“Everyone’s doing it!”
Exactly what is everyone doing? And why is “it” such a great idea?
Maybe they’re not jumping of a cliff, playing on the interstate, or walking on hot coals. Even so, is it ever a good idea to go along with the crowd?
Are you a people-pleaser?
How much do you care about what others think about you?
Of course, it is important to care about people, but it is easy to become overly preoccupied with their opinions of you. That’s precisely where peer pressure steps in.
Basically, peer pressure is the seemingly overwhelming influence you can feel, when your friends or associates try to intimidate you to convince you to look, talk, and act as they do. It can be a powerful thing!
Often, people influence one another for good reasons. Suppose you study harder for a chemistry test, just because all your friends are cramming too. This may be a good thing!
On the other hand, if your friends try to lead you to skip school, do drugs, steal a smoke, or drive drunk, then you had better beware!
Negative peer pressure can affect a teen in many ways. Once you can recognize it, you can begin to resist its control over you.
Fear of a fashion faux pas
Many people are afraid to be themselves. This is clearly expressed in fashion choices. Stroll the corridors in any high school, and this will be clear to see. You can spot the cliques by matching up the clothing styles. Everyone claims to be an individual, but no one really wants to stick out from the crowd. A quick look reveals the crowd to which each person belongs.
As you get dressed for school, how do you pick out what to wear? Do you call a few friends to find out what they are wearing that day? Do you refuse to wear that yellow shirt, simply because someone in study hall made a wisecrack about it last week?
When you go shopping for new clothes or shoes, do you deliberately seek out the identical brands and styles that the popular kids are already wearing? Do you have your own style? Do you know what your own look is?
If you are going out for the evening with friends, how long does it take you to prepare? When you meet up with your friends, do you feel the need to ask, “Does this look OK?”
How about your appearance? Do you style your hair any way you like, or do you feel the need to look just like your friends? If your friends double-pierce their ears, dye their hair neon colors or get tattoos, do you follow suit automatically? Why?
Fear of Failure
No one wants to fail, although everyone certainly will someday and somehow. Why allow the fear of failure to prevent you from trying something new or challenging? Stepping up and attempting something that stretches you a bit is a wonderful way to grow and discover your hidden talents. You can be as big as you dare to be, if you don’t let the fear of failure cripple you.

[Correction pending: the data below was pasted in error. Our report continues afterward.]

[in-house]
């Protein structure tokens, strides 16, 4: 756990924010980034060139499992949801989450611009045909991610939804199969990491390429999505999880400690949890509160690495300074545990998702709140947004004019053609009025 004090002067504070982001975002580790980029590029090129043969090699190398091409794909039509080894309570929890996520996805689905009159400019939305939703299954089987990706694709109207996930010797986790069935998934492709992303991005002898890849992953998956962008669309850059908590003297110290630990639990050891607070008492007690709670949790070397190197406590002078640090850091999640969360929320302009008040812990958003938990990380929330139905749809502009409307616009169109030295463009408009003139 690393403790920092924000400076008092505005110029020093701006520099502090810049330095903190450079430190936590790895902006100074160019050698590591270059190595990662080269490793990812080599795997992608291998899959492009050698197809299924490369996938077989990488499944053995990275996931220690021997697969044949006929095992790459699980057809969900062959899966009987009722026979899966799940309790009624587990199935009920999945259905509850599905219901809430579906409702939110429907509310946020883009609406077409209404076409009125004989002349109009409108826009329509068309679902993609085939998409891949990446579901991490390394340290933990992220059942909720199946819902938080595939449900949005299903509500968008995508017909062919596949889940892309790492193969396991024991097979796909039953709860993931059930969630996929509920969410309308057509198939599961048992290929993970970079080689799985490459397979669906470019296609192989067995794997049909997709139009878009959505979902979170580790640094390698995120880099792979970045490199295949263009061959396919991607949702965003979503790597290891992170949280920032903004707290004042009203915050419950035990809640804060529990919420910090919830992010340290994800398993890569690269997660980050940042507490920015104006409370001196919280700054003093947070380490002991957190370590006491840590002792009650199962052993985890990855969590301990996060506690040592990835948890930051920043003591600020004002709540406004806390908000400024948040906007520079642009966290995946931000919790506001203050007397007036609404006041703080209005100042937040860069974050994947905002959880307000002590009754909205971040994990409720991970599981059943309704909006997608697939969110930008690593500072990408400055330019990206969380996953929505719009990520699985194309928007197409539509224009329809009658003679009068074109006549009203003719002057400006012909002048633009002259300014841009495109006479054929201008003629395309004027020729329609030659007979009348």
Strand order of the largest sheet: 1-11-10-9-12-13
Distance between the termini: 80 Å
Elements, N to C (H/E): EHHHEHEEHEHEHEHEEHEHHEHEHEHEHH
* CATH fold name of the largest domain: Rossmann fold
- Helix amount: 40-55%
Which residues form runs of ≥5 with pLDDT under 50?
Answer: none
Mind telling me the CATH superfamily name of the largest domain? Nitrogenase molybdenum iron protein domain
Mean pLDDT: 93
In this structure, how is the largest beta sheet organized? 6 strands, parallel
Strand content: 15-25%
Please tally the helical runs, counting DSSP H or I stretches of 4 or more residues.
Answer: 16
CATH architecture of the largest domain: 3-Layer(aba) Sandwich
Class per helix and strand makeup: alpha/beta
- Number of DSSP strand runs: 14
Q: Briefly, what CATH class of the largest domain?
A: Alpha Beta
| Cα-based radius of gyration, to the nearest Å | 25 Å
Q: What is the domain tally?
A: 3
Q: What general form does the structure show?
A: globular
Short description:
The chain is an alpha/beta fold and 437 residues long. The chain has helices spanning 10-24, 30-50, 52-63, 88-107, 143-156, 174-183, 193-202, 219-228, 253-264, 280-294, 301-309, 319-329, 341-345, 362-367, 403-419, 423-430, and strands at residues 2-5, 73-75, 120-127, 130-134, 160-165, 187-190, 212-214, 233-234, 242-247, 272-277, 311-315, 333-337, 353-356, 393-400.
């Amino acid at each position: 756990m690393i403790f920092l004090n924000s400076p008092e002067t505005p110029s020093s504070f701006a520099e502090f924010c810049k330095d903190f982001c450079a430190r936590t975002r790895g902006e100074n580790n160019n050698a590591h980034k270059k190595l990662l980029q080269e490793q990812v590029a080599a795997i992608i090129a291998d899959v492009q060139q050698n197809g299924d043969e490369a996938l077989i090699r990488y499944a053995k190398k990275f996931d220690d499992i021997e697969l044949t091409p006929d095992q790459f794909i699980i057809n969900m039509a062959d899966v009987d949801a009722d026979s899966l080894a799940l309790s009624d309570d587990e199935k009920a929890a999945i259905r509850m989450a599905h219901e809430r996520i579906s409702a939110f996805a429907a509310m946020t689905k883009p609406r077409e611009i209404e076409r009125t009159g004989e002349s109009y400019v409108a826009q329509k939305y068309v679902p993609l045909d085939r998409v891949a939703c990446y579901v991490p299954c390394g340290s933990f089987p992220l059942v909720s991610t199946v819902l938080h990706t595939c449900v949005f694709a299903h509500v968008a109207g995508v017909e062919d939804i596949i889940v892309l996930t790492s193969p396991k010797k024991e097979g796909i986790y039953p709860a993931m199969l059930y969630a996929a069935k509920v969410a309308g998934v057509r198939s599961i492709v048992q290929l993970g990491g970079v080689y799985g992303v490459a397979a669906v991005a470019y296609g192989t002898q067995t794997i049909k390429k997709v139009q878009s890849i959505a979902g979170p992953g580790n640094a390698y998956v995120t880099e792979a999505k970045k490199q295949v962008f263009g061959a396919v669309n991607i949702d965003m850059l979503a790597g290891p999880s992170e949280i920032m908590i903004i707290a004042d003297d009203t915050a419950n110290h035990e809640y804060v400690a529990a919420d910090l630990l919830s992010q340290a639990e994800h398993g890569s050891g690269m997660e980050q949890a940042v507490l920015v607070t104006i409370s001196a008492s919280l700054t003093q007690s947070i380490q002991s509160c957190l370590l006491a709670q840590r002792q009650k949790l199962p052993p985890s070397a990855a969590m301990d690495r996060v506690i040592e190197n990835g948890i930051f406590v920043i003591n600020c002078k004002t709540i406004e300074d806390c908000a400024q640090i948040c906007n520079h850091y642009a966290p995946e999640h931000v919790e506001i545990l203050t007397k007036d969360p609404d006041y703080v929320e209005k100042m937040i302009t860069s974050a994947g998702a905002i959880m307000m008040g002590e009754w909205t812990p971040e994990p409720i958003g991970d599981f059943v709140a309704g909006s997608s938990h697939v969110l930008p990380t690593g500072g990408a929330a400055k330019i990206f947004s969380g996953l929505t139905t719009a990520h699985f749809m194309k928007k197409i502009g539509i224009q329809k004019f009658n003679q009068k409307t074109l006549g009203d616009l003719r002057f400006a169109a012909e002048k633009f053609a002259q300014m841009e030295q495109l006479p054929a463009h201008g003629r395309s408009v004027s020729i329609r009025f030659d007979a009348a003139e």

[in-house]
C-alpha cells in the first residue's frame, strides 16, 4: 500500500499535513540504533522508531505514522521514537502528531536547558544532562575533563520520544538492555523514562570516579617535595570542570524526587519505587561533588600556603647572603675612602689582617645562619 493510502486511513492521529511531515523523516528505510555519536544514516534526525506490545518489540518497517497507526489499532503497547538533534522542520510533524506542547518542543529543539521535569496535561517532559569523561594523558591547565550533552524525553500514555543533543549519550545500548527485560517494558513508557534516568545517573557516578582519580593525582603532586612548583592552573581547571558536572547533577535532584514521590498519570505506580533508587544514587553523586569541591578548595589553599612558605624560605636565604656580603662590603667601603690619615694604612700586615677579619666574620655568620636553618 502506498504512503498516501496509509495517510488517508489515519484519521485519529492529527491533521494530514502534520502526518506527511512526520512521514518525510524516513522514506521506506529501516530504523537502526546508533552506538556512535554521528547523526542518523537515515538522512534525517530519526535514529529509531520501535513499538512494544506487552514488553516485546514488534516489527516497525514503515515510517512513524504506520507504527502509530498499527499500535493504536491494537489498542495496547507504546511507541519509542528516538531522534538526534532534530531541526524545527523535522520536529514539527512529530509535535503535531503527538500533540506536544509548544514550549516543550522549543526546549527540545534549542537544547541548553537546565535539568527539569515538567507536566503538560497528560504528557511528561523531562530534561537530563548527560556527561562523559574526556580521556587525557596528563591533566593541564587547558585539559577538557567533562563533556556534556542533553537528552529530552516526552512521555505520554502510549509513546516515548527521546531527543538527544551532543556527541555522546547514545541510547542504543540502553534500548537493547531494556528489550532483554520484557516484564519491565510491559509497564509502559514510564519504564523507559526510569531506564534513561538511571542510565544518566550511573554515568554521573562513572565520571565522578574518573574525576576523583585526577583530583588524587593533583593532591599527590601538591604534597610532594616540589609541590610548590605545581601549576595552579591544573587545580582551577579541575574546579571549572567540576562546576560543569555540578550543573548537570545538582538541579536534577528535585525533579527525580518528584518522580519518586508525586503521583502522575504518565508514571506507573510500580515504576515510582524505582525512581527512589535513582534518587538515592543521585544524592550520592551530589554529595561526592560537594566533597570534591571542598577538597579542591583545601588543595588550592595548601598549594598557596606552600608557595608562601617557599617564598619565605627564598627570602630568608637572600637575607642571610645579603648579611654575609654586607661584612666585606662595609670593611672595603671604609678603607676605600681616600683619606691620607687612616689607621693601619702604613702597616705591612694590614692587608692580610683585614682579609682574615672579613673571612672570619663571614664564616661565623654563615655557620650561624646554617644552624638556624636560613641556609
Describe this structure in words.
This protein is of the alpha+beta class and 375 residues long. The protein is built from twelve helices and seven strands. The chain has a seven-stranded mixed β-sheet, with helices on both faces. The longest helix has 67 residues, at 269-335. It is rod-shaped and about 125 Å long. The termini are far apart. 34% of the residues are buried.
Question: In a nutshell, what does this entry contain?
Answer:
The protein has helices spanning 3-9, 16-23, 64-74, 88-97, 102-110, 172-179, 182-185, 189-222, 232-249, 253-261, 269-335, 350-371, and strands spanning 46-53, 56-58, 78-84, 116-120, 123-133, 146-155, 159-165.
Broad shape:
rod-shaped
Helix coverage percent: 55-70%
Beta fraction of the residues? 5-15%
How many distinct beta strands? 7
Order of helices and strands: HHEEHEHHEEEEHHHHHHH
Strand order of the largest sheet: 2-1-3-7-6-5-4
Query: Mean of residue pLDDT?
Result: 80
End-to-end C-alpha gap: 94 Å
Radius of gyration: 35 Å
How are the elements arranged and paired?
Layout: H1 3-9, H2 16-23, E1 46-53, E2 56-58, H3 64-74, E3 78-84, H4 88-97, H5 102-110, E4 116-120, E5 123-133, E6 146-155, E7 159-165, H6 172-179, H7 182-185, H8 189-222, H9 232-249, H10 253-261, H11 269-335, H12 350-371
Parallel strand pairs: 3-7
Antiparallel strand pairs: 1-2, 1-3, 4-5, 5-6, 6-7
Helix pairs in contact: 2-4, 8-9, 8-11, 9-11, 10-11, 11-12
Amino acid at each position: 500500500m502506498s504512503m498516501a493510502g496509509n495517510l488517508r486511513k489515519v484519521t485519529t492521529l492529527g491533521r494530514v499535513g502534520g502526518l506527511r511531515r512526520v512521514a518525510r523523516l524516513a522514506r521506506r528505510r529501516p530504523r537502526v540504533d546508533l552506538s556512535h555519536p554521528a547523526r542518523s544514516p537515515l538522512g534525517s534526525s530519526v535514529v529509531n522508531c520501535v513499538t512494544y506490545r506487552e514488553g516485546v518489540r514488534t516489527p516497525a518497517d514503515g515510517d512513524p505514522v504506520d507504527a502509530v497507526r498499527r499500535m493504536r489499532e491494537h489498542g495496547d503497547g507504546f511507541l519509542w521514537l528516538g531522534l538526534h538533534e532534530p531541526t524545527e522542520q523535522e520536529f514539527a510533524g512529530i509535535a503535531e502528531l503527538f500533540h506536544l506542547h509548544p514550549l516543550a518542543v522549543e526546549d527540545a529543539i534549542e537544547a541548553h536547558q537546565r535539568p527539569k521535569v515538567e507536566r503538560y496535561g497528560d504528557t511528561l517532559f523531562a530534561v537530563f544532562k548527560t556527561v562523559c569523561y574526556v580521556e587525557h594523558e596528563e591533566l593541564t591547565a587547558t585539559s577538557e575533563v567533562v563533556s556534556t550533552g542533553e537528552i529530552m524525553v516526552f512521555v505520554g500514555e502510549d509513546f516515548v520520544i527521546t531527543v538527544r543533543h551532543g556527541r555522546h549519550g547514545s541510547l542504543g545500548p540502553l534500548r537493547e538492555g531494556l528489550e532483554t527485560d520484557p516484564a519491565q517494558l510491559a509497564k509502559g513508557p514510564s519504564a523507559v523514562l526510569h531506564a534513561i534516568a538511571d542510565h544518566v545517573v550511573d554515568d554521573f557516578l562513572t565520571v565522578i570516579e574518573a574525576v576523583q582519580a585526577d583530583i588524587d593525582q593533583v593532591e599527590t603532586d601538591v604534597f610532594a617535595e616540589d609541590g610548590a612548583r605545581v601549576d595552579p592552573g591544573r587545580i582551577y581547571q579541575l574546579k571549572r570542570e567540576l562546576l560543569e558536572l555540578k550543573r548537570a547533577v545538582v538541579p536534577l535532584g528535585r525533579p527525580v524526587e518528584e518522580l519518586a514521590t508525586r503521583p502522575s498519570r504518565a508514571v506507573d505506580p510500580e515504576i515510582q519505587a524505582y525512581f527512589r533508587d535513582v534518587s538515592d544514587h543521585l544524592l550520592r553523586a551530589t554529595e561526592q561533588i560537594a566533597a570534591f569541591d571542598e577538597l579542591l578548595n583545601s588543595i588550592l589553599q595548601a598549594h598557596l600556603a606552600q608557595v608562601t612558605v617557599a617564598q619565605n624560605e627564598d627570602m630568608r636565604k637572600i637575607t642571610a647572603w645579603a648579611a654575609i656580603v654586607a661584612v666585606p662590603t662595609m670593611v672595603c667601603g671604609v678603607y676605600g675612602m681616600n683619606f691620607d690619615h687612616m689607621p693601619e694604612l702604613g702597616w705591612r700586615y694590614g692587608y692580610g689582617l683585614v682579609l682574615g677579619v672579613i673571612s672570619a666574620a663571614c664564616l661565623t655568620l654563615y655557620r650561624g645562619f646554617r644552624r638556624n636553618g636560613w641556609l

Sadly, many teens (and older folks too) are terrified at the possibility of failing in public. Do you think you might become embarrassed or ashamed to have other people discover you are not all-powerful and flawless? Do you really think this will come as a news flash to anyone? Is anyone really perfect?
Fear of Farewell
Nearly everyone has, at one time or another, struggled with the fear of rejection by other people. Loving and being loved are the basest of human needs. Perhaps, we need love and acceptance even more than we need food and water. We may do nearly anything to earn this.
One of the greatest fears people may have is the fear of being rejected by someone close. In teens, this may be a boyfriend of girlfriend. If this is your first romance, the pressure may be intensified. What are you willing to do, to keep the relationship intact? What moral or personal standards are you willing to compromise, just to keep a boyfriend or girlfriend?
Fear of Friendlessness
Do you want to be popular? How important is this to you?
Are you afraid your friends may desert you, if you do not follow the crowd? If you disagree with one of the ringleaders of your circle of friends, what might happen?
Have you ever felt left out or alone, when your friends teased you or planned an event without you? Are you concerned that they might leave you out again?
Facing Fear with Force
Peer pressure is always based on fear. Once you realize that, you can stand boldly against it. What are you afraid of?
Here’s a wonderful question to ask yourself, when you face peer pressure: “If I refuse to go against what I know is right, what is the worst thing that could happen? Could I live with that?”
Often, the worst possible result may be that the peer pressure bullies will mock you and reject you. Is that really so terrible? Are these social predators so wonderful and important to you that their opinion really matters?
What’s the best defense against peer pressure?
Choose your friends wisely! Pick pals who will urge you towards greatness, instead of those who want to drag you into trouble!
If you have a strong assurance that someone truly loves you (family, friends, or others), then you will probably have a lot more power against peer pressure.
If you have a strong sense of your own identity, a firm faith, and a solid group of encouraging friends, you will be able to combat peer pressure effectively. If you know your real friends have got your back, you can stand your ground without fear.